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Taking Arts and Humanities research to market

Date: 27/08/2013

Following on from the success on the AHRC’s Follow-on Funding for Impact and Engagement Scheme, the AHRC are launching a Commercialisation highlight call which is designed to encourage entrepreneurial researchers from across the UK to find successful routes to market and develop the exploitation and commercialisation aspects of their research.

The Government’s formal response to the House of Commons Science and Technology Select Committee report, ‘Bridging the valley of death: improving the commercialisation of research’ highlighted the need to support the successful translation of research ideas, outcomes and outputs into products and services that benefit the UK economy and society.   This highlight call will support researchers within the arts and humanities alongside with industry partners and tech transfer/KE offices to develop commercial ideas and concepts to further the impact of the research.

One project based on arts and humanities research that has had commercial success is the videogame ‘Dear Esther’. This interactive ghost story game started life as an academic research project and end up as a successful commercial product. The researcher Dr Dan Pinchbeck wanted to engage the right audience for a discussion about the nature of narrative in videogames to do this he made a game. AHRC funding enabled the company established from the research project to fully commercialise their product. The remastered version supported with an additional $55,000 from the Indie Fund has since been developed and within six hours of its release over 16,000 units had been sold, allowing the developers to pay back the Fund’s investment. As of May 2012, over 100,000 units had been sold. 

Professor Rick Rylance, Chief Executive of the AHRC, stated “As we highlighted in our recent Strategy, arts and humanities research makes an enormous contribution to the life of the nation, tapping into a long tradition of engagement with key ideas that have shaped the contemporary world.  This highlight call will allow researchers to capitalise on the commercial potential of the excellent research that underpins these projects.”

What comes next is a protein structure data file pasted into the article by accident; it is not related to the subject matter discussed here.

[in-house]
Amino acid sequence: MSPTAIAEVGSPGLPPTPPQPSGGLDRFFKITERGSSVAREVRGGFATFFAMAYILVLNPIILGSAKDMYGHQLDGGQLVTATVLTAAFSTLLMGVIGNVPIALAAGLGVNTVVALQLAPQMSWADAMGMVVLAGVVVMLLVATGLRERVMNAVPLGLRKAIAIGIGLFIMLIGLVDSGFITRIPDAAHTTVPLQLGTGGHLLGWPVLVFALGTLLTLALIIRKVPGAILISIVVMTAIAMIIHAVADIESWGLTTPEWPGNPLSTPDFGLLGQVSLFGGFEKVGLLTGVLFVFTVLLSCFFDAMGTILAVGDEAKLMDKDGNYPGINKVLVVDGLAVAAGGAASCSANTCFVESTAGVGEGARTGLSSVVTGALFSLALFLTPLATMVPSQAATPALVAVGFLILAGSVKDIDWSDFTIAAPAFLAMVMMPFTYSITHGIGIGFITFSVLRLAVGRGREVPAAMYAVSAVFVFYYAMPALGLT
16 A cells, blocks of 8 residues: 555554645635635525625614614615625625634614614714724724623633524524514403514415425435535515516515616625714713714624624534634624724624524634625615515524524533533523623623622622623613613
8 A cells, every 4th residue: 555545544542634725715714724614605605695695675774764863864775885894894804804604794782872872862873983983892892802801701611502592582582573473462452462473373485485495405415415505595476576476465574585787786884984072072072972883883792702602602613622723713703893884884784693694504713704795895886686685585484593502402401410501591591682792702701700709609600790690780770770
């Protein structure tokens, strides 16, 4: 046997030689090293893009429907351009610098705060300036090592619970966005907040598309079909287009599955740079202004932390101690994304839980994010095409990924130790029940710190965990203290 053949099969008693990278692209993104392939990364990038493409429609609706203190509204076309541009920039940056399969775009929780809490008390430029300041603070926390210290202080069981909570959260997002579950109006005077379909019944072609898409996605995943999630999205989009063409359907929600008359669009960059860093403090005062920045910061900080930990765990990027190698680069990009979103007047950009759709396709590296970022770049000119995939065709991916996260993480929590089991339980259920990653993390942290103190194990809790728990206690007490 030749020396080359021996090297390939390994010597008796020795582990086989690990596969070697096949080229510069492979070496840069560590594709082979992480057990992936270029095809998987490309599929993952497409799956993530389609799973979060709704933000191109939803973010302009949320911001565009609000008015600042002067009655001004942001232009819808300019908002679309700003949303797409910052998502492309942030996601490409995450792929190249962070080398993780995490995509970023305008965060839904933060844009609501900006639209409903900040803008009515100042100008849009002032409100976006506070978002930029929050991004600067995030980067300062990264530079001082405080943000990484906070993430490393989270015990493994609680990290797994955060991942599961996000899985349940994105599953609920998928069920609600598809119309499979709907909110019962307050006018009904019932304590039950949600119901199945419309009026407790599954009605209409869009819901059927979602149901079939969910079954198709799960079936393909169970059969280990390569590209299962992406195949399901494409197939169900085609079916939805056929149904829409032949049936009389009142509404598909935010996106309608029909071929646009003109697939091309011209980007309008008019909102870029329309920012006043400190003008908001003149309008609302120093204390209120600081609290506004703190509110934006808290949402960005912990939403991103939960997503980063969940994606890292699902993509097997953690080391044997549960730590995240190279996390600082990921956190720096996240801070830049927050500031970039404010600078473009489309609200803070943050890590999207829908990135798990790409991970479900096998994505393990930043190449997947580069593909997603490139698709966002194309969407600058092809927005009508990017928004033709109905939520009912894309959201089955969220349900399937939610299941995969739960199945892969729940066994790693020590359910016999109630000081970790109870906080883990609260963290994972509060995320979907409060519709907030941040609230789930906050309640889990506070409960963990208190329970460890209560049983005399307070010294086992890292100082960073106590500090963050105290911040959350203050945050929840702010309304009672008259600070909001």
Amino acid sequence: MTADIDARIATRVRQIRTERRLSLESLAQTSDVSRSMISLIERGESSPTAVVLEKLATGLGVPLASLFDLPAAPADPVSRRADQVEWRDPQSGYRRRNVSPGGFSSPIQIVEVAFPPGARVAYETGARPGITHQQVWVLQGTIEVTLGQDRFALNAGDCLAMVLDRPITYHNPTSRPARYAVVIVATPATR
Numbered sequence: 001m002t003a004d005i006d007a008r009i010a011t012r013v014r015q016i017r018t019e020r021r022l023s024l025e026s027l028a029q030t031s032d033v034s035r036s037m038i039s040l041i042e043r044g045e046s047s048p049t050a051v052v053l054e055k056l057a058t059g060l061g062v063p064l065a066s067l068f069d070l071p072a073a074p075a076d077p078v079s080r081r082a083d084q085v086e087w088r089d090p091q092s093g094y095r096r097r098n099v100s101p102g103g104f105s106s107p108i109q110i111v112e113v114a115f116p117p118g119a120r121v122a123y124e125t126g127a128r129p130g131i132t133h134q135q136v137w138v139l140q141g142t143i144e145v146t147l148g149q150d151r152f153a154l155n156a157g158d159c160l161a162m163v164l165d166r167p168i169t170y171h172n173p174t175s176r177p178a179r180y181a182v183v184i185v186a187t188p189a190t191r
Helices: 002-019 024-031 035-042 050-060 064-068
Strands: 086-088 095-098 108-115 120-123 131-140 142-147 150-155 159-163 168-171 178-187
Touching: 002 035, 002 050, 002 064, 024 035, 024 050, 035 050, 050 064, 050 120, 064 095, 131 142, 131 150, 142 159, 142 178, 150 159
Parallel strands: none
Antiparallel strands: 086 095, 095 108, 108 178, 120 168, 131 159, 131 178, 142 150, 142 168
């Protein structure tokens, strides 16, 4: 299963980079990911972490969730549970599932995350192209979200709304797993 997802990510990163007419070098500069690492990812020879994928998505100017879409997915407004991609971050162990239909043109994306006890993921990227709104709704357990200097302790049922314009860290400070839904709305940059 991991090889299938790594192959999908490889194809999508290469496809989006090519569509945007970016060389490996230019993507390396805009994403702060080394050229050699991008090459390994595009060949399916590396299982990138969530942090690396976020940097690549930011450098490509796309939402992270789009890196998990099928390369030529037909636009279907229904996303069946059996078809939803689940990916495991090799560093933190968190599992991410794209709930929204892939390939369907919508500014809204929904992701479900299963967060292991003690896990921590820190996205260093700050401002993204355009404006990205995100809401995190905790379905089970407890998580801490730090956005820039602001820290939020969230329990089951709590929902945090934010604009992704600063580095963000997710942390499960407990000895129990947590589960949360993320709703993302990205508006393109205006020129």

Eligible activities may include:

  • initial stage feasibility testing or scoping studies to determine the realistic commercial potential of an idea including the IP position
  • seeking  and acquiring the relevant knowledge, skills and experiences to identify a clear commercial strategy for creating a new venture e.g. working with industry experts on the best commercial development strategies
  • exploration of potential routes to market including market research to determine likely potential, competitiveness and business opportunities
  • development of proof of concept or prototypes and user testing
  • seeking and developing contacts with business angels, venture capitalists, entrepreneurs, business development agencies or exploring opportunities for joint ventures with interested parties

Ineligible activities;

  • Patent filing costs

Notes to editors

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